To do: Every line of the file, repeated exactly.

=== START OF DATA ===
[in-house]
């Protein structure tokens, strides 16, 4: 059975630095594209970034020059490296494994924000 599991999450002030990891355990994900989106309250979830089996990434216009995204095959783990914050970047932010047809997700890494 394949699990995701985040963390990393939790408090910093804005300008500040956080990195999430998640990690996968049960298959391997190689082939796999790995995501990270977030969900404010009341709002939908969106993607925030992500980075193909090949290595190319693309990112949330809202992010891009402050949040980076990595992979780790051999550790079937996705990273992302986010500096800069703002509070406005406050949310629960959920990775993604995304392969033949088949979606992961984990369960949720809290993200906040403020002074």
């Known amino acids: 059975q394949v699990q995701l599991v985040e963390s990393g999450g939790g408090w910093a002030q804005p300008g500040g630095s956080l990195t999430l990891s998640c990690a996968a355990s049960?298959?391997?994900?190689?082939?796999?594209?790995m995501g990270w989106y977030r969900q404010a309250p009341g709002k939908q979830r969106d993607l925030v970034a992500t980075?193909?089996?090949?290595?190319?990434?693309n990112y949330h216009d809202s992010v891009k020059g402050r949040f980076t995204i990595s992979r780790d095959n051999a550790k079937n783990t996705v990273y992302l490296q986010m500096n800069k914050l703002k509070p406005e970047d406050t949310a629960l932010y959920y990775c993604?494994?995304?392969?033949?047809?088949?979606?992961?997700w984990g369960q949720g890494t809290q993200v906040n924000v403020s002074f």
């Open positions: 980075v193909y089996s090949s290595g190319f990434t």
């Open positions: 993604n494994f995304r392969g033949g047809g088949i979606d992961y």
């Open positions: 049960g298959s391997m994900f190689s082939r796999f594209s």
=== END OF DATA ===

[in-house]
């Protein structure tokens, strides 16, 4: 059975630095594209970034020059490296494994924000 599991999450002030990891355990994900989106309250979830089996990434216009995204095959783990914050970047932010047809997700890494 394949699990995701985040963390990393939790408090910093804005300008500040956080990195999430998640990690996968049960298959391997190689082939796999790995995501990270977030969900404010009341709002939908969106993607925030992500980075193909090949290595190319693309990112949330809202992010891009402050949040980076990595992979780790051999550790079937996705990273992302986010500096800069703002509070406005406050949310629960959920990775993604995304392969033949088949979606992961984990369960949720809290993200906040403020002074």
């Known amino acids: 059975q394949v699990q995701l599991v985040e963390s990393g999450g939790g408090w910093a002030q804005p300008g500040g630095s956080l990195t999430l990891s998640c990690a996968a355990s049960?298959?391997?994900?190689?082939?796999?594209?790995m995501g990270w989106y977030r969900q404010a309250p009341g709002k939908q979830r969106d993607l925030v970034a992500t980075?193909?089996?090949?290595?190319?990434?693309n990112y949330h216009d809202s992010v891009k020059g402050r949040f980076t995204i990595s992979r780790d095959n051999a550790k079937n783990t996705v990273y992302l490296q986010m500096n800069k914050l703002k509070p406005e970047d406050t949310a629960l932010y959920y990775c993604?494994?995304?392969?033949?047809?088949?979606?992961?997700w984990g369960q949720g890494t809290q993200v906040n924000v403020s002074f």
């Open positions: 980075v193909y089996s090949s290595g190319f990434t």
């Open positions: 993604n494994f995304r392969g033949g047809g088949i979606d992961y």
């Open positions: 049960g298959s391997m994900f190689s082939r796999f594209s």